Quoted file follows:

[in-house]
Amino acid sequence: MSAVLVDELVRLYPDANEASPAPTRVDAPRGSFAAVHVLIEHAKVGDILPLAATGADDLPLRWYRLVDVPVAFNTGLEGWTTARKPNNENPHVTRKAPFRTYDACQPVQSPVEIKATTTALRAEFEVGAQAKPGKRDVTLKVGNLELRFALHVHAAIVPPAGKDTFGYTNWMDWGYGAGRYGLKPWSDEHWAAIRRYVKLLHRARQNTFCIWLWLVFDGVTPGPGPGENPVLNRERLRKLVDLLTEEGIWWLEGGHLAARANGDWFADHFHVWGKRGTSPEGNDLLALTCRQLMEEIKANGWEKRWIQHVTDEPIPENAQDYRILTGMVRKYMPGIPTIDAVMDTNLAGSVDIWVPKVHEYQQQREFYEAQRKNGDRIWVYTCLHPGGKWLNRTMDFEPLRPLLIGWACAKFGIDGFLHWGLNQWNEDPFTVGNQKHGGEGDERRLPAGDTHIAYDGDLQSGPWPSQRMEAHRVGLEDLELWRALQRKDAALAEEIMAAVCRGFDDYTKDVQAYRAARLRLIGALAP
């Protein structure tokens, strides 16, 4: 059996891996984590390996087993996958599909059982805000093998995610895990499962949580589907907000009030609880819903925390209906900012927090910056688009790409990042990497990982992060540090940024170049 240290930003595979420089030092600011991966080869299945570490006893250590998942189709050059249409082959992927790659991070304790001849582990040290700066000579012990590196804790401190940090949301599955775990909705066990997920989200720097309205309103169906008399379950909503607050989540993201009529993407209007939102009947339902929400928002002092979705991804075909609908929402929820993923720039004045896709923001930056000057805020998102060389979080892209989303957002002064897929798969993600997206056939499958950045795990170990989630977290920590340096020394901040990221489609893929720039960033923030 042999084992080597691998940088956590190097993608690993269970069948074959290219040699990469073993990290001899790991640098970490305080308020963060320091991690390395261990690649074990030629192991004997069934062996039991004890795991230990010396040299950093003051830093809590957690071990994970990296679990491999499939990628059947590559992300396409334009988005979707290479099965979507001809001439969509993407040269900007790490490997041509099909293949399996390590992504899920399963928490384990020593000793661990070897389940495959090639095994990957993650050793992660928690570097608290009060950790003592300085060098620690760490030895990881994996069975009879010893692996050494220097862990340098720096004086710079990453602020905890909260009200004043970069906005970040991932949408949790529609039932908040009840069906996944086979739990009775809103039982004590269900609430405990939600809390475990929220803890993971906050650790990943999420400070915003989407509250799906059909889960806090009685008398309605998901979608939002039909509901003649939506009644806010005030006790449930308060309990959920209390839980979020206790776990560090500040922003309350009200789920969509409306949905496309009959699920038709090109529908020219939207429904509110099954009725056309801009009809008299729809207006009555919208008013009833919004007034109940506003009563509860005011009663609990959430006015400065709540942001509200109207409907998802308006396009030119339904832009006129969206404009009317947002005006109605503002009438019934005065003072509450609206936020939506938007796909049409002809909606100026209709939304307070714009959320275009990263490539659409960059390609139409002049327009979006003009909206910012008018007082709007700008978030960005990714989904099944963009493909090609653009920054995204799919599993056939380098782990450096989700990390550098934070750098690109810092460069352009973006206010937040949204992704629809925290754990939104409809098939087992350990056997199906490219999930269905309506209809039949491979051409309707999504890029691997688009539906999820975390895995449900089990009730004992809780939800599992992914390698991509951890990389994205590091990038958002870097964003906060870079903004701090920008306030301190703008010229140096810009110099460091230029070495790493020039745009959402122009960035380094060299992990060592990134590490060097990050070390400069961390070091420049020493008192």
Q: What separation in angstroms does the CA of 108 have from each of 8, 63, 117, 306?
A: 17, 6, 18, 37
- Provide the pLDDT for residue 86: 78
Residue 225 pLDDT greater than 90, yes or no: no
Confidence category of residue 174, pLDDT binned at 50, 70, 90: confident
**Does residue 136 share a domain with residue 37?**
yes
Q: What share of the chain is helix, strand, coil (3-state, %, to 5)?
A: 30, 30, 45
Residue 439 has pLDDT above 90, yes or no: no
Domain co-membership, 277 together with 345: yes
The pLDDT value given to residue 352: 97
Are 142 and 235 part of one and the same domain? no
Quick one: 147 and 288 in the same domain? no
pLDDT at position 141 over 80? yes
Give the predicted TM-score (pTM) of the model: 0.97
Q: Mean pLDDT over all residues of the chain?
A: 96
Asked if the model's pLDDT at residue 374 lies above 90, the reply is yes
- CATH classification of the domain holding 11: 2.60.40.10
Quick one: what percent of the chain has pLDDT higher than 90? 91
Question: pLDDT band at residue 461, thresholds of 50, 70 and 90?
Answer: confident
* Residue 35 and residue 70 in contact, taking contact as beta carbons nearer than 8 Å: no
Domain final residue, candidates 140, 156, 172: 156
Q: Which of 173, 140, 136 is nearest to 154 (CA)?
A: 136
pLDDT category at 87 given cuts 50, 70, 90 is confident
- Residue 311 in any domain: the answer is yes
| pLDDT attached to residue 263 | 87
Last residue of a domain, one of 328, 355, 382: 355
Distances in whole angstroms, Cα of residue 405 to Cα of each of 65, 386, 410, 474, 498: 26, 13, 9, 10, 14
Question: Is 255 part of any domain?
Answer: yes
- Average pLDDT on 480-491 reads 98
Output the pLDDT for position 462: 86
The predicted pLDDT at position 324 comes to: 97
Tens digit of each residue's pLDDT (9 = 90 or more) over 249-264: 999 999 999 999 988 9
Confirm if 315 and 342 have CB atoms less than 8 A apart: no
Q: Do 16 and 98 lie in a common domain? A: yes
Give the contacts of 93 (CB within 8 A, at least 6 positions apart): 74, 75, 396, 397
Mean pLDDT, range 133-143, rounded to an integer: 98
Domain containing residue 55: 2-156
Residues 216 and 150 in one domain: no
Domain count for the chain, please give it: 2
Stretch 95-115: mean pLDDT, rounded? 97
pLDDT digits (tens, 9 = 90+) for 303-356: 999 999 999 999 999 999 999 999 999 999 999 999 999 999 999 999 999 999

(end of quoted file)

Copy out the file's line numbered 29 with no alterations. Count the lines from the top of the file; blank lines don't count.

Q: Which of 173, 140, 136 is nearest to 154 (CA)?